There is a lot of sensitivity that comes with religion and ethnicity in Nigeria. An average Nigerian often sees his tribe as superior. It is the situation that an average Nigerian owes loyalty to his tribe than the nation as a whole. Such loyalty to ethnic groups has impeded true nationalism and unity.
Taking a stroll back in history, as far back as the passage towards amalgamation and amalgamation itself, which led to the creation of Nigeria, there was no real debate in the British House of Commons on what to do with their new colony, as there was no real enthusiasm among the leading British politicians on the acquisition of new territories.
The emphasis in the British colonial office was deposited with the barest minimum cost of administering this vast territory. It was clear that England had no definite plans for the future of its new colony, Nigeria.
In the case of the geographical region that was later to be named Nigeria, it was ruled in three separate pieces, subsequently reduced to two units; North and South Nigeria, and in 1912 under Sir Fredrick Lugard as the first British colonial governor-general it became Nigeria.
Lord Lugard returned to Nigeria as Governor-General in 1912 and presented the secretary of states for a colony with the correspondence relating to the amalgamation of Nigeria drafted on the 9th and received on the 15th of May 1913 basically for financial reasons. The content of enlargement had been profoundly influenced by the previous experience of Lugard in Northern Nigeria and its disregard for the South of Nigeria.
In 1914, the correspondence with a content proposal for the amalgamation of the Northern and Southern protectorate merged the colony and protectorate of Lagos together with the latter and former to become Nigeria. From the onset, there was little or no unification as it was the case that the amalgamation was based on the existing structure of the colony in Northern Nigeria, which gave rise to the indirect rule system.
Sir Lugard made no serious effort to unify the very different entity brought under one umbrella, notable was the fact that the administrative systems of the Northern protectorate, which was highly centralised was quite different from that of the Southern protectorate plagued with decentralisation. Therefore the indirect rule system was more troublesome that was a success.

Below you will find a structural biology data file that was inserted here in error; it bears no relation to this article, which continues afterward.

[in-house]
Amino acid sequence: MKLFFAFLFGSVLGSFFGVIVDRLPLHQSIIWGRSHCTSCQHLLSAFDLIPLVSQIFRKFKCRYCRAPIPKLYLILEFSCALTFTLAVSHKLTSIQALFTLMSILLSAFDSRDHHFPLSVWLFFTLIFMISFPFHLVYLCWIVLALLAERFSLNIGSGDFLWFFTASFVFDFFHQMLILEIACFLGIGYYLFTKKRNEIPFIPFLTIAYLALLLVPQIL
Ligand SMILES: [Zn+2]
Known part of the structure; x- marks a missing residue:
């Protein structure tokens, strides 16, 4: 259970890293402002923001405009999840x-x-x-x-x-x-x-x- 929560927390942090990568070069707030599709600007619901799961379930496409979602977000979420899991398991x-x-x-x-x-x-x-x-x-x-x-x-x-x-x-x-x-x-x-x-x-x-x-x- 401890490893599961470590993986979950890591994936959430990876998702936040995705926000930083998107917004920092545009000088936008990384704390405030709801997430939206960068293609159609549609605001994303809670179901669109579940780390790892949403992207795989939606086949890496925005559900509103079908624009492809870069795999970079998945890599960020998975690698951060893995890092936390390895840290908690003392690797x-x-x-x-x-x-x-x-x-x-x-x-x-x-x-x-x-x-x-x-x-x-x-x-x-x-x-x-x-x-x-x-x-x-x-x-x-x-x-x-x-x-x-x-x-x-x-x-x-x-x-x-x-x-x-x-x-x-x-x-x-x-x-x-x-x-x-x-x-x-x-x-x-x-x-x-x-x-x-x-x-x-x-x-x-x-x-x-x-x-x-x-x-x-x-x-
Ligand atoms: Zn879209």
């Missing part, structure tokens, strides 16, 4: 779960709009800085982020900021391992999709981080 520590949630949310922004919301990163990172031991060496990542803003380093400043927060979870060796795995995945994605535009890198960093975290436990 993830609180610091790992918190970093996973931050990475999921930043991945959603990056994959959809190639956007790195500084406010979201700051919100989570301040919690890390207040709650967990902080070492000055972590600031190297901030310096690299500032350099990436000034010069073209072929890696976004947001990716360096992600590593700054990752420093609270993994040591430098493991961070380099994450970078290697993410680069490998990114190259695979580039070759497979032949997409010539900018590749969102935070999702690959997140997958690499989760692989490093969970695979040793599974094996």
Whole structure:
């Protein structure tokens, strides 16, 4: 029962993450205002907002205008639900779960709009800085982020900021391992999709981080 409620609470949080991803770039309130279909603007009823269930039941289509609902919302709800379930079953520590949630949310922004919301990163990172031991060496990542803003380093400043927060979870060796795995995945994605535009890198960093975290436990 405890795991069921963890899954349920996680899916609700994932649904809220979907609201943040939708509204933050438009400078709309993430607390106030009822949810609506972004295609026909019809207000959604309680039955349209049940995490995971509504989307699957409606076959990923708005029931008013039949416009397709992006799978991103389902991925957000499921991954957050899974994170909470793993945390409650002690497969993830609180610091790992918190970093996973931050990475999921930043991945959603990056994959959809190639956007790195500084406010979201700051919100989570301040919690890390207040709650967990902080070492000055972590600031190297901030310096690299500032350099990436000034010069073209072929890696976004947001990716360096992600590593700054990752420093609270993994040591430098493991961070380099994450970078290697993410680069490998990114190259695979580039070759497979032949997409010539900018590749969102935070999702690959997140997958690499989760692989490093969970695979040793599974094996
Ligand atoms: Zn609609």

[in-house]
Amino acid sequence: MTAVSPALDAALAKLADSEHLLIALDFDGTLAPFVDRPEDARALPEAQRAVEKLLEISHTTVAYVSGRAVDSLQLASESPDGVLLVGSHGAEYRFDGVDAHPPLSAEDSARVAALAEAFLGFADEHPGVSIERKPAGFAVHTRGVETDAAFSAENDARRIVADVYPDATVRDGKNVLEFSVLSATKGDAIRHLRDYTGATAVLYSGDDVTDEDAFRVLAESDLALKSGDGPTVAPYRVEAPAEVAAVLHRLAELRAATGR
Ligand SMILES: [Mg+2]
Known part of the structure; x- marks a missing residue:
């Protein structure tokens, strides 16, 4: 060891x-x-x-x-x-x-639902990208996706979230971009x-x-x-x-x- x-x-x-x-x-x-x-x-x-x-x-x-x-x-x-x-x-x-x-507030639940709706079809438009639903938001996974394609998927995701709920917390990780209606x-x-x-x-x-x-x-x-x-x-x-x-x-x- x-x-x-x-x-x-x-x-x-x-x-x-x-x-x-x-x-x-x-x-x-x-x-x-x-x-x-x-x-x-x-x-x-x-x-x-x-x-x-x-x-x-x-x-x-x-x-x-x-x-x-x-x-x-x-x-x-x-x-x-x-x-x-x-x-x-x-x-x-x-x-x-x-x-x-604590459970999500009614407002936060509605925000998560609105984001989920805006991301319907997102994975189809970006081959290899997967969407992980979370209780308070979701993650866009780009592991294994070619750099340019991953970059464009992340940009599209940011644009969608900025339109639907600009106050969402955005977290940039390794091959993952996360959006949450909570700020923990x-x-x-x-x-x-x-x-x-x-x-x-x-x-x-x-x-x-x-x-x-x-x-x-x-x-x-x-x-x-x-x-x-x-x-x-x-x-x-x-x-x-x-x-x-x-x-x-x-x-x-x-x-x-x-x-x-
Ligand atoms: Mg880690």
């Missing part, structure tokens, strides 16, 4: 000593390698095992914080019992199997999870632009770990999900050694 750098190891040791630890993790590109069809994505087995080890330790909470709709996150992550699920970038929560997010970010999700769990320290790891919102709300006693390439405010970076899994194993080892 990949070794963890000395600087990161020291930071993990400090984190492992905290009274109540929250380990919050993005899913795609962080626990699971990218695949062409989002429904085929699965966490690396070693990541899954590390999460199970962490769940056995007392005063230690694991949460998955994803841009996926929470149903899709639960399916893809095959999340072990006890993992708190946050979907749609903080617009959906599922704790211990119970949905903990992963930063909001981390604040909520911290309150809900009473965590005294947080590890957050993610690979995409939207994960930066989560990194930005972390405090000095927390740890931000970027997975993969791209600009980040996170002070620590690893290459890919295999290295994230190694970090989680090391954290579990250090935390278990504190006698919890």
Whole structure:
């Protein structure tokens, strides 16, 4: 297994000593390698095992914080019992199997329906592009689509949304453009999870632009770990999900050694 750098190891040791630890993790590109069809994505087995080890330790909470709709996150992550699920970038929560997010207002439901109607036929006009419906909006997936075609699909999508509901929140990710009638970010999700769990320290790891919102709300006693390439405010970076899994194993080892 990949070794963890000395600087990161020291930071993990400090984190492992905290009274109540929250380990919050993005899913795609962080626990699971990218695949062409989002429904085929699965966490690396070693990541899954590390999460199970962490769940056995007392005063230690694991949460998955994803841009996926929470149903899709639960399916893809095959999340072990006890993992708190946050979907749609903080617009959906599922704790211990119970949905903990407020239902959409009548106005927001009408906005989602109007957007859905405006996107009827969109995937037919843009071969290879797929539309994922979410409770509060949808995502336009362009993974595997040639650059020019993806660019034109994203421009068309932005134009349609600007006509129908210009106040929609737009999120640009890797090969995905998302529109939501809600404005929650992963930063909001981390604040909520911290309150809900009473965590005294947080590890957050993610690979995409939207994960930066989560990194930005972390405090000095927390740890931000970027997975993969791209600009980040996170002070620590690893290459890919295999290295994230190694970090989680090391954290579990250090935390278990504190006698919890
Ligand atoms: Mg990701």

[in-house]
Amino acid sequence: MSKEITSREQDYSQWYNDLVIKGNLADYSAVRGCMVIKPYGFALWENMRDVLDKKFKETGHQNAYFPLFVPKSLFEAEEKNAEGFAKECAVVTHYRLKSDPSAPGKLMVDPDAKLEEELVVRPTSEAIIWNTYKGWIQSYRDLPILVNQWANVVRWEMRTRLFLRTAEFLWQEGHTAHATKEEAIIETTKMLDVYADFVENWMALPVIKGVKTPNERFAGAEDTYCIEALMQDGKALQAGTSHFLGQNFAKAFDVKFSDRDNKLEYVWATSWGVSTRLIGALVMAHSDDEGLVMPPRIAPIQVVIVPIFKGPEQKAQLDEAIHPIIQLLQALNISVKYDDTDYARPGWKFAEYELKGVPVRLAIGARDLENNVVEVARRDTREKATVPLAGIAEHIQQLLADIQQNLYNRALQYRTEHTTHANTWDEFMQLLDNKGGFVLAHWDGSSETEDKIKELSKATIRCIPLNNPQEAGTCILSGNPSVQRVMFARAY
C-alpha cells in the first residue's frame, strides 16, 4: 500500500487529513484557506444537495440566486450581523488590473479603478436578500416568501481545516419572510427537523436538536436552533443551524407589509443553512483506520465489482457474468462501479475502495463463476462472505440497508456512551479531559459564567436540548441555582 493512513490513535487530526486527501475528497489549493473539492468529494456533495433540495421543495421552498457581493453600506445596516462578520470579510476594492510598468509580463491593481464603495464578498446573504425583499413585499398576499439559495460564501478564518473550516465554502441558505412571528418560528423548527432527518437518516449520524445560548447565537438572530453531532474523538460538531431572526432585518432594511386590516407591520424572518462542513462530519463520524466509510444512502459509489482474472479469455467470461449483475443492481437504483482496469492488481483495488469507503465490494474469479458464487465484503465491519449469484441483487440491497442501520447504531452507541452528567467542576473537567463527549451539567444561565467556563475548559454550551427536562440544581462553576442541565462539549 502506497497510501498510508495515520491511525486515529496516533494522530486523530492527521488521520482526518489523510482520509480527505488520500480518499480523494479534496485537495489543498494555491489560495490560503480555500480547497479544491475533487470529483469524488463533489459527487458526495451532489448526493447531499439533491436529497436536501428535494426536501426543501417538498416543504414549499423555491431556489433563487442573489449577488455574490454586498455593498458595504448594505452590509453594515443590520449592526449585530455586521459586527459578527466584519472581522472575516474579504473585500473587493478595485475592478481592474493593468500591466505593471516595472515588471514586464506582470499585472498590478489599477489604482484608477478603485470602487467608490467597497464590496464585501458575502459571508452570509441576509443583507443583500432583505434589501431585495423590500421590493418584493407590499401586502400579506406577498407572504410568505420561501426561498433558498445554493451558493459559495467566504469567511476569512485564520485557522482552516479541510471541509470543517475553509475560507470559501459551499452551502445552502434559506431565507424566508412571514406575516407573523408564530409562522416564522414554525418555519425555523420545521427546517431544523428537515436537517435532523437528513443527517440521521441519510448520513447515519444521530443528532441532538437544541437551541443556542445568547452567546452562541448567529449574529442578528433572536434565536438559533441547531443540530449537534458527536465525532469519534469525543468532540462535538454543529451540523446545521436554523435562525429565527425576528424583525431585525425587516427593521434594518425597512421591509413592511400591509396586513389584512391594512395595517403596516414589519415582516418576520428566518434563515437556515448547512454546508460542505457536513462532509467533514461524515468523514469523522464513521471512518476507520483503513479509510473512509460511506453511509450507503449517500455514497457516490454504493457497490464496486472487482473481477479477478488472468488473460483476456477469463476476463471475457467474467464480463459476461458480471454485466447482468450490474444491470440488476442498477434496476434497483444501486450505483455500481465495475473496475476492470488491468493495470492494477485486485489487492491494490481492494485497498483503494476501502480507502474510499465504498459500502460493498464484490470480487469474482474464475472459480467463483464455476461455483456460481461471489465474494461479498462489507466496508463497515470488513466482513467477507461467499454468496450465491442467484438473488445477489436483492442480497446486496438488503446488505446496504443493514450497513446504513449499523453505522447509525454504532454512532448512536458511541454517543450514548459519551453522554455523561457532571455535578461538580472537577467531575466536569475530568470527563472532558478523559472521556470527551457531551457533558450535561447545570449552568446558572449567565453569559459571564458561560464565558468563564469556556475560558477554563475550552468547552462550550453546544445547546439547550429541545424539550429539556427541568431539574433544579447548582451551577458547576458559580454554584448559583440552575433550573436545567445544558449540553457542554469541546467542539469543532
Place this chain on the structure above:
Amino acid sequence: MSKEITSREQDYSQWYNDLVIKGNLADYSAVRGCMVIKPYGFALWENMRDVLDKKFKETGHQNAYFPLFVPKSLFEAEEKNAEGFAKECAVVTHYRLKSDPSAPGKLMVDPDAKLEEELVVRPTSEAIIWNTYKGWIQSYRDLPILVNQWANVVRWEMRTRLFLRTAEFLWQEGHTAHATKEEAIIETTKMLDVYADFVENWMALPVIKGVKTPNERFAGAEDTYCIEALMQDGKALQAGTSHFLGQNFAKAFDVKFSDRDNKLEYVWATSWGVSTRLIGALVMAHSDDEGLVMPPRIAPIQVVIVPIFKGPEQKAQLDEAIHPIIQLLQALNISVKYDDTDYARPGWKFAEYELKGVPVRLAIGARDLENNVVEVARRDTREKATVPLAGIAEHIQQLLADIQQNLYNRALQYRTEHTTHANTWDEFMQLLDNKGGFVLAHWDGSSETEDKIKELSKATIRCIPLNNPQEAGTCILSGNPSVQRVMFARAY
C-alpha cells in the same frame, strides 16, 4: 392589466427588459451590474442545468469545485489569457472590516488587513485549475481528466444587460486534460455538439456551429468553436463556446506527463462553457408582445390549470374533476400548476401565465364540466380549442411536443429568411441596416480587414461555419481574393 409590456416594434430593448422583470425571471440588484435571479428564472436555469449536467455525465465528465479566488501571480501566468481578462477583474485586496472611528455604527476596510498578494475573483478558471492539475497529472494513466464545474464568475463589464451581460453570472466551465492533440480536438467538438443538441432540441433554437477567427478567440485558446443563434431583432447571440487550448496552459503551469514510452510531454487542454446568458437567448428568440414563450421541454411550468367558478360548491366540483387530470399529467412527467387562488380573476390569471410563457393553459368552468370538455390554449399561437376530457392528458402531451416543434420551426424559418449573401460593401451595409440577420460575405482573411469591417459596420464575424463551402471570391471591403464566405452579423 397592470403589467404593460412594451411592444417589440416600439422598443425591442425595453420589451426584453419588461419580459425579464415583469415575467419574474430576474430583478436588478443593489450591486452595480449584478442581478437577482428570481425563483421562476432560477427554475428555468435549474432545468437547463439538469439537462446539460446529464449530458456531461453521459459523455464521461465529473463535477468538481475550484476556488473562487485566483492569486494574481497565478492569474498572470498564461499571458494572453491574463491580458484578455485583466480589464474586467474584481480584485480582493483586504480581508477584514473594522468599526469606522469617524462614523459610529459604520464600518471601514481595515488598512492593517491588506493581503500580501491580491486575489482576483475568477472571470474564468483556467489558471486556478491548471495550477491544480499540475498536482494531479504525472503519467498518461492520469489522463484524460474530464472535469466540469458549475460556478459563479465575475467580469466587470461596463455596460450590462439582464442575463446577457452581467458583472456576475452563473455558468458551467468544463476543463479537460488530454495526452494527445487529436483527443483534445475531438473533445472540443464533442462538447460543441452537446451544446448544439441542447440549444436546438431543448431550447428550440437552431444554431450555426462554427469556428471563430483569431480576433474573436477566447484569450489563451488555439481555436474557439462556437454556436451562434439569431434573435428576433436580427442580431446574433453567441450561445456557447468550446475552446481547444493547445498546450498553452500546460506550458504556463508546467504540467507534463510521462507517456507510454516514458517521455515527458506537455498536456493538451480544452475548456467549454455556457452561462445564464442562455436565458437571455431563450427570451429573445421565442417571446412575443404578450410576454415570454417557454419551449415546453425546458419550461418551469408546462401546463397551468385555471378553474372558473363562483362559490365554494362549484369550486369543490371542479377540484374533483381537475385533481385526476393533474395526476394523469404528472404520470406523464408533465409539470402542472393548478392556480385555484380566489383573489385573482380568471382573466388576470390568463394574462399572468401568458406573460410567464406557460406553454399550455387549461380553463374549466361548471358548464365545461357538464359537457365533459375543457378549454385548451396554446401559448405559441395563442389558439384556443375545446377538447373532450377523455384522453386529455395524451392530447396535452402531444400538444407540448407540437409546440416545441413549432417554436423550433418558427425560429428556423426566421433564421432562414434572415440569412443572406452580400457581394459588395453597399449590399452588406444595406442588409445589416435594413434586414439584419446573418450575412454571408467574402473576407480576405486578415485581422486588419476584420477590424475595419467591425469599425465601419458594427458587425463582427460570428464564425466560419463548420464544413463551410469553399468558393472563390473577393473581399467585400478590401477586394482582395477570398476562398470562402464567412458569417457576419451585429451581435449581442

A vivid look at Sir Lugard’s political memoranda, amalgamation reports as well as his numerous works on the new colony, it is not out of place to say that Lugard and most of his successors in the colony didn’t put into consideration the future of Nigeria as a single political entity. According to Richard Palmer, one of Sir Lugard’s successors, Nigeria is just a geographical expression as suppose to a nation.
Richards’s constitution created by Sir Arthur Richards, by way of establishing regional councils in the three provinces further aided in the drift apart and strengthened the trend of regionalism and tribalism. Therefore, from the colonial times, elections have been won based on ethnic biases which have impeded the unity of the country and most of the conflicts that arise from ancient ethnic sentiment fuelled by selfish political motives.
In the wake of the year 2017, Nigeria has witnessed various religious and ethnic inclined crises amongst which the Boko Haram terrorism played a prominent role, the long-standing crisis between the Fulani herdsmen and farmers in a tit-for-tat violence in Kaduna state featured and the indigenous people of Biafra, IPOB fighting for the state of Biafra taking the front role amongst all others. All of these crises have one thing in common, religion and ethnicity.
The divides that exist in present-day Nigeria has been from the very beginning of its creation. In the words of Alhaji Amadu Bello
‘… We should not seek to forget our differences, rather; we should strive to understand them.’
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